—Little Heero Yuy, age 14

Actually, in the original Japanese version, the Ten Wise Men had different names. They are: Zaphikel, Jophiel, Metatron, Kamael, Raphael, Zadkiel, Haniel, Michael, Lucifer, Gabriel. Due to the seemingly ostentatious nature of the names, I will stress that I *am* serious. There are numerous guides that were written before the American release that have the original names in them. Here is a link to such a FAQ for validity's sake. It's fairly easy to see why the names were changed in this [U.S.A.] country. However, I don't believe the reasoning or meaning behind the names is to demonize Christianity. Also, there are a few indirect references to homosexuality in the game, though nothing that actually condones it. My Ratings: [4/5]
   —PAC, age 18

…the replay value of this game is amazing. As you progress through the game, there are a number of different characters you can pick up every time you play the game. Also, a good deal of the plot depends on what Private Actions you take during the course of the game. I found that added a lot to the gameplay. Also, since the endings are based upon the relationships of the characters in the game, there are over 86 possible endings. On the other hand, however, there are some rather unchristian elements to the game. One of the possible characters, a small blue-haired boy with cat ears named Leon, is essentially a demon-summoner. Walking around with his book (his attack is essentially to just open the book and watch a purple demon thwack somebody over the head with a sword), his magic spells involve summoning any number of demons and gremlins to aide him in battle. Another character, Ashton, is possessed by a dragon. Despite a fairly good review I noticed that the reviewer failed to mention these things about the game. My Ratings: [3/3]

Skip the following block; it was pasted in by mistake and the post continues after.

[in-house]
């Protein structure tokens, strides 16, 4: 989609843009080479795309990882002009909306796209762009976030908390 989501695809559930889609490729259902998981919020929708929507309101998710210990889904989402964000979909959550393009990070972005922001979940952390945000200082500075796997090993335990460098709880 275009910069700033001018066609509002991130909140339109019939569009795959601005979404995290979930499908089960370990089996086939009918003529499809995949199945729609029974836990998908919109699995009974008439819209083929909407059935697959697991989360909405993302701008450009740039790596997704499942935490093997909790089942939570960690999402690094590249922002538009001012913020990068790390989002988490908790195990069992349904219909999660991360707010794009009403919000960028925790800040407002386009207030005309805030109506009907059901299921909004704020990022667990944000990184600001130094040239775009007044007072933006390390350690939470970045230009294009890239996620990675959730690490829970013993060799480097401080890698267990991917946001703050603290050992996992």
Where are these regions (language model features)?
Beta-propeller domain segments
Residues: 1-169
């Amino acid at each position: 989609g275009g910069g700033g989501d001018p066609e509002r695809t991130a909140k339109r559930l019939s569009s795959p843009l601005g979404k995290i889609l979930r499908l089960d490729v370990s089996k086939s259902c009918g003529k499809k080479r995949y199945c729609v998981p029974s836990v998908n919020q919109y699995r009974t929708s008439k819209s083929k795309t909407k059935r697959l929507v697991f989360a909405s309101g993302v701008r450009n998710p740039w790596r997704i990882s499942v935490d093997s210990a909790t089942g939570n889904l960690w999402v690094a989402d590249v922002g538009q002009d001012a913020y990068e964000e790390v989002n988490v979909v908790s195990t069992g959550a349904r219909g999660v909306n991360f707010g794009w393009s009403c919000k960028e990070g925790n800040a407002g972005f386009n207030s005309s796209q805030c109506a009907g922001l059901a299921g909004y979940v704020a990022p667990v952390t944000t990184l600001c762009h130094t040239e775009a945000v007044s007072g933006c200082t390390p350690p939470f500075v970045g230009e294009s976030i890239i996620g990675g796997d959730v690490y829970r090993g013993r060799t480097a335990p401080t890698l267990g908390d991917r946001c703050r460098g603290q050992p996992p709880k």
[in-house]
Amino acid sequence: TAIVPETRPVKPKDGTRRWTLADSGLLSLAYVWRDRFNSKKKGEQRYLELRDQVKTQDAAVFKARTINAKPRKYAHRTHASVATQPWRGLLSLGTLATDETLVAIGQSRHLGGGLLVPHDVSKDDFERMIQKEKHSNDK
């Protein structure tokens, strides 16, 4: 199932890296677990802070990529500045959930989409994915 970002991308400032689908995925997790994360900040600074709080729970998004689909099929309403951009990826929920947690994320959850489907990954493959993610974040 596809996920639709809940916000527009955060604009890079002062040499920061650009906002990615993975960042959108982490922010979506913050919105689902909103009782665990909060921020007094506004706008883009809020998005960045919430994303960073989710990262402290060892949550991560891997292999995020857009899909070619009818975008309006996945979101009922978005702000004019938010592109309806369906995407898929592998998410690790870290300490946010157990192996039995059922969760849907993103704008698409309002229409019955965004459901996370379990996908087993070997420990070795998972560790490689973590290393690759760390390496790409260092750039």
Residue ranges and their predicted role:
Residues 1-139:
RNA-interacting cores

—Glenn Nagle, age 18

I found Star Ocean quite enjoyable. I liked the characters, their development and the idea of ALL THE ENDINGS! I can't remember the exact number, but there are above 60 endings you can get. Dias Flac is by far the kewlest character, with his killer sword. And one of the most enjoyable things about this game was the different Battle system, kind like a Fighting game, and no stops. It ruled, and I don't remember any language. It was overall a great RPG (Great is about 50 points below what FFVII Is…FVII can't be TOUCHED!). Quite enjoyable, and not addicting like other RPGS (at least not for me). 'nuff said. My Ratings: [5/5]
   —Logan, age 16

Disclaimer: The opinions expressed in this Christian Spotlight review are those of the reviewer (both ratings and recommendations), and do not necessarily reflect the opinions of Films for Christ or the Christian Answers Network.